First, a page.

the spin rod did not always tickly my fancy. it appeared not to hold much gratification. they seemed bland and clumsy and just so regular...i felt as though i was fishing with my feet.
but at that point in my development as a fisherman i was in fact fishing with my feet. not literally of course, but looking back at my previous fishing self i was trying to pluck fish from the water with my toes or throw a ball with my left hand. the fly rod offered me an opposable thumb on a dominant hand with which to pick through the ways and means of the waters with method and precision. it opened an avenue for me to exercise my will on the water.
the spin rod took that state of mind and had it chug a sparx...
for the past month and a half i have consistantly been catching the biggets fish i ever caught. it happened again last night.
the spin rod is an amazing fishing tool that quickly covers many bases. but the fly rod is still a superior presentation instrument. and i feel that soon i will take what i have learned from the spin rod and put it back into the fly rod and then we shall see what happens...
in any event, i would highly recomment the spin rod and its many manners of lure to any angler who wishes to expand their understanding of the ways and means of, in my case, the striped bass. the jig is an absolutely amazing method for finding the exact location of holding fish and now i know where some very large fish gather. now after them with the fly rod...
Several respectable Salmon up to 18" came to net. Not bad I thought, given the way the morning had started, and given that I never had truely given any respect to this spot. Only thing that could make this better would be to have a few fish rising......wish granted.
After losing a couple of fish in the swift current, I started getting into them hard. I landed a handfull of really nice 16" chubby brookies, followed by at least a half dozen brookies and salmon in the 12" range.It was nice to see some fresh tails, pectoral fins, and gill plates on these fish, a sure sign that they hadn't been stocked in the past year or so. These fish were full of fight, and I can't emphasize how fat and healthy they were compared to other brookies their length.
It was getting on toward 3 p.m, the caddis were still exploding, and I figured I would move back upstream to the original hole, fish for an hour or so, and then hop on the bike for the 60 mile ride home.After 20 minutes of fishing with limited luck, I noticed a GMC truck pull up along the river's edge behind me. Undeterred, I fished on. As I reeled my line in to relinquish my position to the intruders I heard a yell, "Wilkie!", "Dude, I can't believe you're still here". The words of BFC emeritus T. Sawyer Fahy and his '05 Bates brother of the long Rod, Mr. Frost. I smiled, as I had phoned Sawyer in the wee hours of the morning hoping to get him on the water that day, but as a result of prior obligations he was unable to join me. We exchanged handshakes as the two rigged their rods and I told them of my epic day alone on the river. I sat on a boulder content to watch these two men try their luck in the pool that had been so productive in the early morning. Frost was explaining this cripple fly that he loves to tie, while I exchanged thoughts with him regarding my recent quitting of dip and my constant cravings. While discussing cripple flies and dip, Frost pulls out a pack of swisher sweets, and sparks one up. Intrigued, I asked him for one. Frost then flipped his fly out into the water and begins walking backwards to my position on the bank to offer me a cigar. Just as we made the exchange he bellowed, "I've got one on!". The hookup had been made while the cripple skipped across the surface as Dan had walked back to me to hand me the cigar....simply rediculous.....and what a Salmon!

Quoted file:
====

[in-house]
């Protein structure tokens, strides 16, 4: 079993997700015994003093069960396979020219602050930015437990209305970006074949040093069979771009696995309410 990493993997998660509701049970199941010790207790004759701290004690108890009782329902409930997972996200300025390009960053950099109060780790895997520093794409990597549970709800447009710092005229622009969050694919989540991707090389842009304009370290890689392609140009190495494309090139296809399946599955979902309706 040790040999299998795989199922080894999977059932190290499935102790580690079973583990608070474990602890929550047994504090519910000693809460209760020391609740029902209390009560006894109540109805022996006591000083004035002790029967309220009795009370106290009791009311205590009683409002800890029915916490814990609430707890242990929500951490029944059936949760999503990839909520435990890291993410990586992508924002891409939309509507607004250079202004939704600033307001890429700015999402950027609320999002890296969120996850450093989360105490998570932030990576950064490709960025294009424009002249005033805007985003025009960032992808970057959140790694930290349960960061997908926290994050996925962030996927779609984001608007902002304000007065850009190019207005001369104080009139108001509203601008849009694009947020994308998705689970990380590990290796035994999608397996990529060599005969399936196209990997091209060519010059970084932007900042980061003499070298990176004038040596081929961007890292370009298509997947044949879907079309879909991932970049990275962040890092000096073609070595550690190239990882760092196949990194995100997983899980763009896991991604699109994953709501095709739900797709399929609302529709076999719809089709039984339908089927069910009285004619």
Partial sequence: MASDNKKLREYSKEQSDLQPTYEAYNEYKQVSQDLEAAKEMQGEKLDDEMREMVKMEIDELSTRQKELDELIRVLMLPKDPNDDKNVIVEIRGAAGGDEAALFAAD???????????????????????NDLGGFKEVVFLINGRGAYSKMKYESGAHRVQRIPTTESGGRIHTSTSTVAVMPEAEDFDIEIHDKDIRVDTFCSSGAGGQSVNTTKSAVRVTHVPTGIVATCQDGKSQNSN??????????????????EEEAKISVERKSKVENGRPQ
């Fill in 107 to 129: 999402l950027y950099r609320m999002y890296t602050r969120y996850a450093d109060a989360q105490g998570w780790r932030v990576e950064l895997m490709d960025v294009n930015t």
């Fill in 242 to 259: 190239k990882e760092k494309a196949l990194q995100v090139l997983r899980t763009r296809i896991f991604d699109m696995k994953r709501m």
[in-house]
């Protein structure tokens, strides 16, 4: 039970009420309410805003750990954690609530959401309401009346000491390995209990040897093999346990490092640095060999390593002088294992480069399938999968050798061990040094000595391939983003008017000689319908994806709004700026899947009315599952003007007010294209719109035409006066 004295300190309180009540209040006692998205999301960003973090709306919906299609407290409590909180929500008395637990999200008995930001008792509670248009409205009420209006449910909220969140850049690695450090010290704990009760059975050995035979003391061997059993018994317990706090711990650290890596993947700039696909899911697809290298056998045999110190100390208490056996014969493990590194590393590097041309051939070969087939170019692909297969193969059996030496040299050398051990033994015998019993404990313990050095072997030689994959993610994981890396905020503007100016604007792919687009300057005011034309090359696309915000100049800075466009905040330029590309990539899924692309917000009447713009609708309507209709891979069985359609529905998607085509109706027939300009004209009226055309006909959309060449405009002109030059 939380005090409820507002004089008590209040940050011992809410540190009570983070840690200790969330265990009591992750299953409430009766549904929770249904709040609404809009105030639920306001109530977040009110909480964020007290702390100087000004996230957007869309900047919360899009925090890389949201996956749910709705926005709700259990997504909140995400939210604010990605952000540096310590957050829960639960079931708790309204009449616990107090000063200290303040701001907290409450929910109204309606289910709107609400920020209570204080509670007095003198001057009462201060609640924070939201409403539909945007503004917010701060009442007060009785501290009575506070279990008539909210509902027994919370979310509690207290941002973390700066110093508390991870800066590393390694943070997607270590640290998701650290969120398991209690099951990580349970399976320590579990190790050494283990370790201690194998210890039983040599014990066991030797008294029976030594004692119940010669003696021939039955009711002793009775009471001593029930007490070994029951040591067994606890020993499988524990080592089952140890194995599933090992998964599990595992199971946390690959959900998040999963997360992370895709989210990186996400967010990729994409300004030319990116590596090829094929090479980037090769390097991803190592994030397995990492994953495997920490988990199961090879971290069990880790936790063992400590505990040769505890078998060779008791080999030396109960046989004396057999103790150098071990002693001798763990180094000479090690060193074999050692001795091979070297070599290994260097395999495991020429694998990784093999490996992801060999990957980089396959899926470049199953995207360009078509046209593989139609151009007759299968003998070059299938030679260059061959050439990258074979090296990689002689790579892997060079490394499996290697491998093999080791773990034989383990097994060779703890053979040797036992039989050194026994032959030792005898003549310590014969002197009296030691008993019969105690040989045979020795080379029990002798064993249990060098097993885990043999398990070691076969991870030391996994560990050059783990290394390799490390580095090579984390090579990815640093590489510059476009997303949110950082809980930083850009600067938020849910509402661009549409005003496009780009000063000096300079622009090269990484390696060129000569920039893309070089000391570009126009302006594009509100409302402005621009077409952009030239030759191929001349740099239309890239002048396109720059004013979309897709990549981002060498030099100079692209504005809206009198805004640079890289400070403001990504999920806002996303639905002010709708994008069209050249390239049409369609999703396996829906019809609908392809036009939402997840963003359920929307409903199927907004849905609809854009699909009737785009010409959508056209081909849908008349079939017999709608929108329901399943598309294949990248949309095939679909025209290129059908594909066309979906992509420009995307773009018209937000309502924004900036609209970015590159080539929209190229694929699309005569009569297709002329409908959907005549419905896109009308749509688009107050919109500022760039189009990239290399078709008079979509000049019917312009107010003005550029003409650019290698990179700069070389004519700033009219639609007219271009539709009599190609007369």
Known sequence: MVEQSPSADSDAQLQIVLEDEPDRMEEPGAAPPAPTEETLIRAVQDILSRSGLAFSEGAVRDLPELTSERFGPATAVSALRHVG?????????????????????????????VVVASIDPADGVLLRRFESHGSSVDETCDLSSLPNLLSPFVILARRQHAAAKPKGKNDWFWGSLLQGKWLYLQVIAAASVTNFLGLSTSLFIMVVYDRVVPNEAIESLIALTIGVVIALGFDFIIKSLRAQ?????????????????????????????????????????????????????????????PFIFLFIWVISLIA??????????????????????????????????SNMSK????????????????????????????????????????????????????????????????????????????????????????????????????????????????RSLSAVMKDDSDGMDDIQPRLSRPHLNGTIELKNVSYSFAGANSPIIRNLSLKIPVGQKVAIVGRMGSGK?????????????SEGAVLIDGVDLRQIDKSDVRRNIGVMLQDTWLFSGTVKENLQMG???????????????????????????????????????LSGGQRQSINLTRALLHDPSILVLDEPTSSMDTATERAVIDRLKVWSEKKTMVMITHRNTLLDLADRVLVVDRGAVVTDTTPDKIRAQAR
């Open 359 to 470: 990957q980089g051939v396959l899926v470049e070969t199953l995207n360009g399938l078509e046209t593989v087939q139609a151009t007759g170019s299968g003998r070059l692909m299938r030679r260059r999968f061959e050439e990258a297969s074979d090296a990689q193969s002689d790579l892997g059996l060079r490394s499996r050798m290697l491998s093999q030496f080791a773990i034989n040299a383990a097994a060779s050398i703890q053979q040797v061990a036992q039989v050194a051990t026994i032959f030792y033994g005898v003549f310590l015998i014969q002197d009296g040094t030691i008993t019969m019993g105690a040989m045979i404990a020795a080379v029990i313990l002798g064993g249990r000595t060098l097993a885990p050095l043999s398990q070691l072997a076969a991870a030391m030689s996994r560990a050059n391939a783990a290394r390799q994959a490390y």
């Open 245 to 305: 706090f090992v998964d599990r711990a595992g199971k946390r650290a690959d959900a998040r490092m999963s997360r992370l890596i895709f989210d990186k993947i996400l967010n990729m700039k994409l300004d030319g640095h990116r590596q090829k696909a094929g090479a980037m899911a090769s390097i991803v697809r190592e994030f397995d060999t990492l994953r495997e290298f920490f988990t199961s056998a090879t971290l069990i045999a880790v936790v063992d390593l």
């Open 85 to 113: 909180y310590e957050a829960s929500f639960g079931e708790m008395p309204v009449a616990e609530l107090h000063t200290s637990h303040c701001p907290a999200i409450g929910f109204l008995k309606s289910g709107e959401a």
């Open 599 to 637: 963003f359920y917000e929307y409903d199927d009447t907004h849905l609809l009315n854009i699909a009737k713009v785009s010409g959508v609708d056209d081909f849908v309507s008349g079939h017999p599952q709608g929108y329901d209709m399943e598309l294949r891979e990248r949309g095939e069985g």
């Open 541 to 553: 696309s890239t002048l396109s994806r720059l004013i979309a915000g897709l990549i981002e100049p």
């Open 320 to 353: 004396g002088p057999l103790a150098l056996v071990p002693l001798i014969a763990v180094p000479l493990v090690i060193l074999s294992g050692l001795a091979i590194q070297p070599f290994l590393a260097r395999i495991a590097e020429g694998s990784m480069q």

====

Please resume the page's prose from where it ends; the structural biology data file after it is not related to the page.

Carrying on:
Sunday, June 7, 2009
Saturday, June 6, 2009
Wednesday, June 3, 2009
Native Brook Trout after Native Brook Trout came to net on dry flies and the occaisonal nymph......
A few Salmon were in the mix, holdovers from last fall's spawning run or simply residents of this small gem of a stream.
40+ trout and salmon came to net at our first location in just over 3 hours, it was truely a field day for Robbins and I. At one point there was even a perfectly simultaneous hook-up on dry flies, something neither of us had experienced before.
After a long slog out in sweaty waders we finished our day at this location, a pond where large wild brook trout and salmon lurk and often feed on the surface this time of year. The winds unforunately did not cooperate until the last half hour or so of light, and even then they were still a little too present.
We chased a handfull of rises, alternately taking the roll of "guide". "Wilkie, there's a rise over there" paddle, paddle, cast, cast. "Oh shit, Robbins, 15 feet to your right at two o'clock", cast, wait, cast, wait.
Eventually I hooked and battled a beast of a salmon of around 20" as Robbins cursed at it from the bow of the boat......"thats right bitch, don't mess with us or your ass will get stung" or something along those lines, as he aggressively made hand motions at the jumping fish.
The fish made a run at the boat, still tight on my line, and it made a quick leap within striking distance of both of us.....we watched as the fly floated from the mouth of the great native, and Robbins' salmon insults were quieted. A couple of fist bumps, some smiles and a few laughs, who could be upset with this day, the day that the trout and salmon had tired us so much that we cared not about losing trophy salmon......hell, what an outing.
Monday, June 1, 2009
I'm damn certain that there will be a host of fly fishing characters from Maine that we have known virtually through various blogs and forums attending this event, and I think it would be pretty solid to have a big BFC presence.
Hope to see some of you fools there; I will be fishing Friday if anyone is interested.
To purchase tickets visit: https://www.flyfishingfilmtour.com/Tickets/VenueTicketQuantity.asp?VId=ILLL